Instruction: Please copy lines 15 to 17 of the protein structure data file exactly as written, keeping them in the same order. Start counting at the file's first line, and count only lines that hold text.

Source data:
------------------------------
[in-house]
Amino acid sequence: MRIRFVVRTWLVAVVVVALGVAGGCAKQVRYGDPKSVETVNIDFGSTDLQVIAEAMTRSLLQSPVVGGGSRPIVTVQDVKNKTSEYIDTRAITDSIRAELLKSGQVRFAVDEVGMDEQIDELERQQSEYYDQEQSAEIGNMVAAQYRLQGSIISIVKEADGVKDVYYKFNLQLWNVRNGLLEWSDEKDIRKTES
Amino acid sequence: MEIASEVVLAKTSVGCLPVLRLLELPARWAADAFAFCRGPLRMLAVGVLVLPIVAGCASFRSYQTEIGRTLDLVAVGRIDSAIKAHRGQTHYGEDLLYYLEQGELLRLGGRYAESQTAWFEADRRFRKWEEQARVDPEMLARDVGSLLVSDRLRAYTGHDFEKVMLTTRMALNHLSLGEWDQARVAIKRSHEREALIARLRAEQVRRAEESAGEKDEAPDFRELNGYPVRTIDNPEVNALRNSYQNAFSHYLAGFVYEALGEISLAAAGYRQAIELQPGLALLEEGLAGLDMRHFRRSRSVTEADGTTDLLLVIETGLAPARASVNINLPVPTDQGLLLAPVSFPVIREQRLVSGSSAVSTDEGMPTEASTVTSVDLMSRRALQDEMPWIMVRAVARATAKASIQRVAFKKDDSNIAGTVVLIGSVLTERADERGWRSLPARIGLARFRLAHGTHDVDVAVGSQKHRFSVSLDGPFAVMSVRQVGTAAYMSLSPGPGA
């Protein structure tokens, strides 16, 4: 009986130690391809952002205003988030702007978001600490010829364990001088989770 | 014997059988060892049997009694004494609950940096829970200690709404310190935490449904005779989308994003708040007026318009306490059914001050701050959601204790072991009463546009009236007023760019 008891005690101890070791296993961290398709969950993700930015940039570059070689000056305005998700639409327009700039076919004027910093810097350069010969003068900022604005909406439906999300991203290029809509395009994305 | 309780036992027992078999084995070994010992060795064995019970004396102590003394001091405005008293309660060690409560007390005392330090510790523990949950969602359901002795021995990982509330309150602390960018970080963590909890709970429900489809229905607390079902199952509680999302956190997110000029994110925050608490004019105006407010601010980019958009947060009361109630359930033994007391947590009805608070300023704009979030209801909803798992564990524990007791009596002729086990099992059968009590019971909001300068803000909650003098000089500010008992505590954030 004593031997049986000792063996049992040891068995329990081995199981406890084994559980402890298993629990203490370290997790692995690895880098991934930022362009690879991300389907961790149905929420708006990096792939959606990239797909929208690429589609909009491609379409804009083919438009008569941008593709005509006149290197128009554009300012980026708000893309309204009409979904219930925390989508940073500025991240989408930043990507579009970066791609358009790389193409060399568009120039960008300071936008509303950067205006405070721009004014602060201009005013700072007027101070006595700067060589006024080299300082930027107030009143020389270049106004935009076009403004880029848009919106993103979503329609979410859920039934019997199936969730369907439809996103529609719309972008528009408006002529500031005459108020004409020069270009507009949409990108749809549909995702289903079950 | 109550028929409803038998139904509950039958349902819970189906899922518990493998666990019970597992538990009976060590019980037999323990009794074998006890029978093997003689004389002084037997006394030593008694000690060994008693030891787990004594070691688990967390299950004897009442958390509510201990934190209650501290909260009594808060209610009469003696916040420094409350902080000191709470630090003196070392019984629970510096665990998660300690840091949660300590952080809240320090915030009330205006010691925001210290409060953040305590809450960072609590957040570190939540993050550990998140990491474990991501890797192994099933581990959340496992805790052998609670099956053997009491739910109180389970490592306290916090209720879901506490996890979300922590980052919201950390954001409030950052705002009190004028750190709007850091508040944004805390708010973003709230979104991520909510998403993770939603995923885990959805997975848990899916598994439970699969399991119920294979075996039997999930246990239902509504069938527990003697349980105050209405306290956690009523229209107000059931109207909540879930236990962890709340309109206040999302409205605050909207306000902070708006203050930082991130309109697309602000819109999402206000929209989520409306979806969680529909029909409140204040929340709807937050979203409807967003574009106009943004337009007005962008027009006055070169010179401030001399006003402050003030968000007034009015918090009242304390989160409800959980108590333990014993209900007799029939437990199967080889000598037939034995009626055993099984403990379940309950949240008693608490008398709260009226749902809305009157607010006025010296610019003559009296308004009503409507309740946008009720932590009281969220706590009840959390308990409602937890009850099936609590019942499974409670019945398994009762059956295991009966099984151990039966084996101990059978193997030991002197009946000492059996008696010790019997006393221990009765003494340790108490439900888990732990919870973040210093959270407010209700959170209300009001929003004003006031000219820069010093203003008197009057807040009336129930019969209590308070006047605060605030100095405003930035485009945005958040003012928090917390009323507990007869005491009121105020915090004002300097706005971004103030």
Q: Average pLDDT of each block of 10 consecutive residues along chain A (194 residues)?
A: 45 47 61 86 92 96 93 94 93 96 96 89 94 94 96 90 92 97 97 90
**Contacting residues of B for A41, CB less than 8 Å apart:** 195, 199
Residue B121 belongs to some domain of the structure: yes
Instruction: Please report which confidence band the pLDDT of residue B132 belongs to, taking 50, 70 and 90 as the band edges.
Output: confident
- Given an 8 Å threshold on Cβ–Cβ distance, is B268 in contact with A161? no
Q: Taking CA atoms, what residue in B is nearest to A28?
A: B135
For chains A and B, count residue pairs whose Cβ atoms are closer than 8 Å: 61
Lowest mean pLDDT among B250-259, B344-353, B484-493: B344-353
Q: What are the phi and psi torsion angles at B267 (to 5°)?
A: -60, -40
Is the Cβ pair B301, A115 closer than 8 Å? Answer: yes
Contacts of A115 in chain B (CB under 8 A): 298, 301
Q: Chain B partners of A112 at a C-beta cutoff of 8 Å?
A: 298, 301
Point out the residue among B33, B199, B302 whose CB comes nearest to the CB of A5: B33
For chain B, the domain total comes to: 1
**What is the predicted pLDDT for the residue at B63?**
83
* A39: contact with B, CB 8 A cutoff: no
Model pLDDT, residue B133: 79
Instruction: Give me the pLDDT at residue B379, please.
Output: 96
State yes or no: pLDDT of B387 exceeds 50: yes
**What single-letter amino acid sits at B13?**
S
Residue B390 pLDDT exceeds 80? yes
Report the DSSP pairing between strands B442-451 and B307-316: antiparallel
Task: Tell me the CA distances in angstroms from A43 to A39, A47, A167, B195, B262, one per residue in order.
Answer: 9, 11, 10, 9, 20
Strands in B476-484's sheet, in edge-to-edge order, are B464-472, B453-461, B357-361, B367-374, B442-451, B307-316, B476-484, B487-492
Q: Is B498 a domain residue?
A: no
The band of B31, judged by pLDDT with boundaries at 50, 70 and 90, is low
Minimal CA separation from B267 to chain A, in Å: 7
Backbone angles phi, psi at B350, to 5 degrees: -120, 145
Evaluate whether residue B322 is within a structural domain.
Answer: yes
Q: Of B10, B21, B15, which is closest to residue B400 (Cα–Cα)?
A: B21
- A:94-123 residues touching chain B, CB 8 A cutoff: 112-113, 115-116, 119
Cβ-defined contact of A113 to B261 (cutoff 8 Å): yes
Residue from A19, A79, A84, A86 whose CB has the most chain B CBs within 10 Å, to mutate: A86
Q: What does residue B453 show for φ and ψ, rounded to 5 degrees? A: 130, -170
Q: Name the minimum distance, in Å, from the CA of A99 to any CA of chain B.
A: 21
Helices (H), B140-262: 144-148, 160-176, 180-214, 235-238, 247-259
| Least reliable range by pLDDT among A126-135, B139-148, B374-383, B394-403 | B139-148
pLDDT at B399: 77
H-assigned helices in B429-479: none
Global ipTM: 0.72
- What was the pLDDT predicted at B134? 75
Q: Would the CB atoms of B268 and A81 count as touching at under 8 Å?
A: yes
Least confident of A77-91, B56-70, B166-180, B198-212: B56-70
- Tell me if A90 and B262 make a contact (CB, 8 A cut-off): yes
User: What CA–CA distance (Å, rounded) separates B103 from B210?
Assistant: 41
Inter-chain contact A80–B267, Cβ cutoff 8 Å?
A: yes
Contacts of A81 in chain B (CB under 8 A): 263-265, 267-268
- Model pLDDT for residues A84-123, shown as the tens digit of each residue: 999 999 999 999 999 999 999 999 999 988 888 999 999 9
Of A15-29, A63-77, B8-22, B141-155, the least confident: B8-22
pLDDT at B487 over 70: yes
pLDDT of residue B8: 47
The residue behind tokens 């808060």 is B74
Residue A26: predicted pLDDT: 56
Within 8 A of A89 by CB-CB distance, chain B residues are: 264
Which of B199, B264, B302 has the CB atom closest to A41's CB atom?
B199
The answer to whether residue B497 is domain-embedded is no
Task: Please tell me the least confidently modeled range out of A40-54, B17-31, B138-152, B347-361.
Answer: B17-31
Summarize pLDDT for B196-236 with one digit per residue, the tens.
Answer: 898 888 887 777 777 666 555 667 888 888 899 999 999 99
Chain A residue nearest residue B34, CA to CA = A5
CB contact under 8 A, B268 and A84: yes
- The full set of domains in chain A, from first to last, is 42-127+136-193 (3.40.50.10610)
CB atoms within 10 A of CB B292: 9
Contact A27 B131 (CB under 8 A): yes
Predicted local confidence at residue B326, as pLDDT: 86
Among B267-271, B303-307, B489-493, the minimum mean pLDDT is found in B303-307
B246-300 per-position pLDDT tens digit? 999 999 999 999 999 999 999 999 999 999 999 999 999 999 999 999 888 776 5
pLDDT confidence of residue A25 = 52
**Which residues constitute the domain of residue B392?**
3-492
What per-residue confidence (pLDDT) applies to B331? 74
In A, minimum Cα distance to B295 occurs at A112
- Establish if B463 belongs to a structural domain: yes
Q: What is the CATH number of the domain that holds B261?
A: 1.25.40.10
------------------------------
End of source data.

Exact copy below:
Lowest mean pLDDT among B250-259, B344-353, B484-493: B344-353
Q: What are the phi and psi torsion angles at B267 (to 5°)?
A: -60, -40